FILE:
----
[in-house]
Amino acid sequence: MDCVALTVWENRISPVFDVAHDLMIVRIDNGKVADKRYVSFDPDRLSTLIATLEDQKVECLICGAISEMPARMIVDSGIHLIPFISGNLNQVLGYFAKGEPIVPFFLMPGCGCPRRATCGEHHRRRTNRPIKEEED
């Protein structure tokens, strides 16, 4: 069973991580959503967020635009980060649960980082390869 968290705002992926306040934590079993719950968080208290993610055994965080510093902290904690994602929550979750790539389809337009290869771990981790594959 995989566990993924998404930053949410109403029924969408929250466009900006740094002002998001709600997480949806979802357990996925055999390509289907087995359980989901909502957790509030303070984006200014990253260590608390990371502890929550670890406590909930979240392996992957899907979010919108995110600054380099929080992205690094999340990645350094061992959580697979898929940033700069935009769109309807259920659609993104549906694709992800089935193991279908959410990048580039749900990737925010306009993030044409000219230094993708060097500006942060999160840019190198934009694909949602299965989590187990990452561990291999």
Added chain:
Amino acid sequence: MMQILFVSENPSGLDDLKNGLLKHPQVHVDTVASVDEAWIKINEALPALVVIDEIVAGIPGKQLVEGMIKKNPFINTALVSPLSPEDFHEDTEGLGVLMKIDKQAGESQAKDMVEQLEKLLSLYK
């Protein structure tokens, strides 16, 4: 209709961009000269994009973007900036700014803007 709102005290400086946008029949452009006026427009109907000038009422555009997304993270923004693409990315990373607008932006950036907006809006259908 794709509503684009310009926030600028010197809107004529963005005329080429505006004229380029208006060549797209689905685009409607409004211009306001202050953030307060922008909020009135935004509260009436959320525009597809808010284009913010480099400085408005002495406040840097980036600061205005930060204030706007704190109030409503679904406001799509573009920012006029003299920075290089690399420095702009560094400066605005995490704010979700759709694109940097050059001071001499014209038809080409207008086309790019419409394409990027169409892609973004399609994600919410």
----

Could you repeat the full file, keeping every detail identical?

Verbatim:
[in-house]
Amino acid sequence: MDCVALTVWENRISPVFDVAHDLMIVRIDNGKVADKRYVSFDPDRLSTLIATLEDQKVECLICGAISEMPARMIVDSGIHLIPFISGNLNQVLGYFAKGEPIVPFFLMPGCGCPRRATCGEHHRRRTNRPIKEEED
């Protein structure tokens, strides 16, 4: 069973991580959503967020635009980060649960980082390869 968290705002992926306040934590079993719950968080208290993610055994965080510093902290904690994602929550979750790539389809337009290869771990981790594959 995989566990993924998404930053949410109403029924969408929250466009900006740094002002998001709600997480949806979802357990996925055999390509289907087995359980989901909502957790509030303070984006200014990253260590608390990371502890929550670890406590909930979240392996992957899907979010919108995110600054380099929080992205690094999340990645350094061992959580697979898929940033700069935009769109309807259920659609993104549906694709992800089935193991279908959410990048580039749900990737925010306009993030044409000219230094993708060097500006942060999160840019190198934009694909949602299965989590187990990452561990291999």
Added chain:
Amino acid sequence: MMQILFVSENPSGLDDLKNGLLKHPQVHVDTVASVDEAWIKINEALPALVVIDEIVAGIPGKQLVEGMIKKNPFINTALVSPLSPEDFHEDTEGLGVLMKIDKQAGESQAKDMVEQLEKLLSLYK
């Protein structure tokens, strides 16, 4: 209709961009000269994009973007900036700014803007 709102005290400086946008029949452009006026427009109907000038009422555009997304993270923004693409990315990373607008932006950036907006809006259908 794709509503684009310009926030600028010197809107004529963005005329080429505006004229380029208006060549797209689905685009409607409004211009306001202050953030307060922008909020009135935004509260009436959320525009597809808010284009913010480099400085408005002495406040840097980036600061205005930060204030706007704190109030409503679904406001799509573009920012006029003299920075290089690399420095702009560094400066605005995490704010979700759709694109940097050059001071001499014209038809080409207008086309790019419409394409990027169409892609973004399609994600919410």